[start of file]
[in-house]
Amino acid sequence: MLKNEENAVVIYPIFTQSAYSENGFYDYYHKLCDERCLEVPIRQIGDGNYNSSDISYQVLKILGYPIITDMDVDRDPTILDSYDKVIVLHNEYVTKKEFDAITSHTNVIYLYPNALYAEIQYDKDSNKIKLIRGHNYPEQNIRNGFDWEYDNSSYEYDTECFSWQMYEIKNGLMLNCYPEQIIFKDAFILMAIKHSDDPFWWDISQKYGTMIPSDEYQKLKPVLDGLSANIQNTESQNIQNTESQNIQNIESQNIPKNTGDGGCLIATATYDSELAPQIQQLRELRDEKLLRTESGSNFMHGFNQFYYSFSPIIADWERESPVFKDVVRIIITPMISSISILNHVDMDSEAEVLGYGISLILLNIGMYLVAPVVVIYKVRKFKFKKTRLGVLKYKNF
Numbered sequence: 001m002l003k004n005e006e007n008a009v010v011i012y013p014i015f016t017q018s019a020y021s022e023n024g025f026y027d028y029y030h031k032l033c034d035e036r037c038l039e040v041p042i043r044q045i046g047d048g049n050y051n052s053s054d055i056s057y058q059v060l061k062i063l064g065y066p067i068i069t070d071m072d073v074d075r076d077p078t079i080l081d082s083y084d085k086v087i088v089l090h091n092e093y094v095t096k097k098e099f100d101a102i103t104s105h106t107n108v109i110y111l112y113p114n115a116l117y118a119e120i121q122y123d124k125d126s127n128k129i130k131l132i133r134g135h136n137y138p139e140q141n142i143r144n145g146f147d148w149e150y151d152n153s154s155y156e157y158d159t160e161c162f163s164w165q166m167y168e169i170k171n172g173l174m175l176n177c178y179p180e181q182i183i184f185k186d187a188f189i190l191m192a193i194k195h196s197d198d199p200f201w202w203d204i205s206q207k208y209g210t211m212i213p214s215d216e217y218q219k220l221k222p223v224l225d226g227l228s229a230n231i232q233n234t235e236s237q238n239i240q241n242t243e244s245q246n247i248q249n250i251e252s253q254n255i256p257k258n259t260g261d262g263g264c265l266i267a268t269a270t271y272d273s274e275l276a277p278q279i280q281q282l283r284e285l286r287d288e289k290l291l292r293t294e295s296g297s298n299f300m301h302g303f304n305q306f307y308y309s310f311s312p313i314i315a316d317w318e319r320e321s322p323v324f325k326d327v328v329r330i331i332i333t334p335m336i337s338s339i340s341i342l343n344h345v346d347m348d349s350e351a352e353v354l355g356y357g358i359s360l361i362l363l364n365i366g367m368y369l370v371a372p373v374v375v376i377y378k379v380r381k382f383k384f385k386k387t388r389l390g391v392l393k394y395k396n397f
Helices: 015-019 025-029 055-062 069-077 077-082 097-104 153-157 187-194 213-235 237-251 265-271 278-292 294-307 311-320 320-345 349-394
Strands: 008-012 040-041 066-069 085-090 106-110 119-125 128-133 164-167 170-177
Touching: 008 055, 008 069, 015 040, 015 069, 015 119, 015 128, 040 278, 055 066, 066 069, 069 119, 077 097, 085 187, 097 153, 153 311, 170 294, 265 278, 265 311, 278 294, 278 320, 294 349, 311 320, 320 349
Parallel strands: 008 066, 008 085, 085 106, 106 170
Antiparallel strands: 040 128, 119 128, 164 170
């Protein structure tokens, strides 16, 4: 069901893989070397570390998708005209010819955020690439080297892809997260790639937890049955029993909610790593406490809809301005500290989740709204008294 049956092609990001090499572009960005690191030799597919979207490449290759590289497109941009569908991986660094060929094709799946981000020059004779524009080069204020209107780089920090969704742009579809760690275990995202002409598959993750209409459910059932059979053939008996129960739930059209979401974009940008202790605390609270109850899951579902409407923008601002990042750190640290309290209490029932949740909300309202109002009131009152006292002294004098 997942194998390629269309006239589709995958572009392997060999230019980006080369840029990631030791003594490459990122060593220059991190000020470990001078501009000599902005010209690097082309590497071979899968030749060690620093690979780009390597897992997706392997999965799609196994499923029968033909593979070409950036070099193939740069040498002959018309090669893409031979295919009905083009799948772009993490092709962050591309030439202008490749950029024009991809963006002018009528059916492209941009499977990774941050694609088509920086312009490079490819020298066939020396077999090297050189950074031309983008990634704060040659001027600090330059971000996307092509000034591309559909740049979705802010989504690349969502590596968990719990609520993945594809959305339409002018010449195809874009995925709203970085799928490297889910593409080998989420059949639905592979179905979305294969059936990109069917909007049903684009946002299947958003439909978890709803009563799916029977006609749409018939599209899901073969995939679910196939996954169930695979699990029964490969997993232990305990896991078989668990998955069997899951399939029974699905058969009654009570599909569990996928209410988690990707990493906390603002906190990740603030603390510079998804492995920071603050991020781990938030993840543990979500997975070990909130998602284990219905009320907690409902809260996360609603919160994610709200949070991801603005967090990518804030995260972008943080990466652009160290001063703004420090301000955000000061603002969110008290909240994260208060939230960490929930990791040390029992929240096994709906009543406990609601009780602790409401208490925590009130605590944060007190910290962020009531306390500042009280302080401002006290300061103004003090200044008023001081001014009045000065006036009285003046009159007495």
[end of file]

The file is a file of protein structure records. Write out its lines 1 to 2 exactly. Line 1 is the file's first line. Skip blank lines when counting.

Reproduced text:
[in-house]
Amino acid sequence: MLKNEENAVVIYPIFTQSAYSENGFYDYYHKLCDERCLEVPIRQIGDGNYNSSDISYQVLKILGYPIITDMDVDRDPTILDSYDKVIVLHNEYVTKKEFDAITSHTNVIYLYPNALYAEIQYDKDSNKIKLIRGHNYPEQNIRNGFDWEYDNSSYEYDTECFSWQMYEIKNGLMLNCYPEQIIFKDAFILMAIKHSDDPFWWDISQKYGTMIPSDEYQKLKPVLDGLSANIQNTESQNIQNTESQNIQNIESQNIPKNTGDGGCLIATATYDSELAPQIQQLRELRDEKLLRTESGSNFMHGFNQFYYSFSPIIADWERESPVFKDVVRIIITPMISSISILNHVDMDSEAEVLGYGISLILLNIGMYLVAPVVVIYKVRKFKFKKTRLGVLKYKNF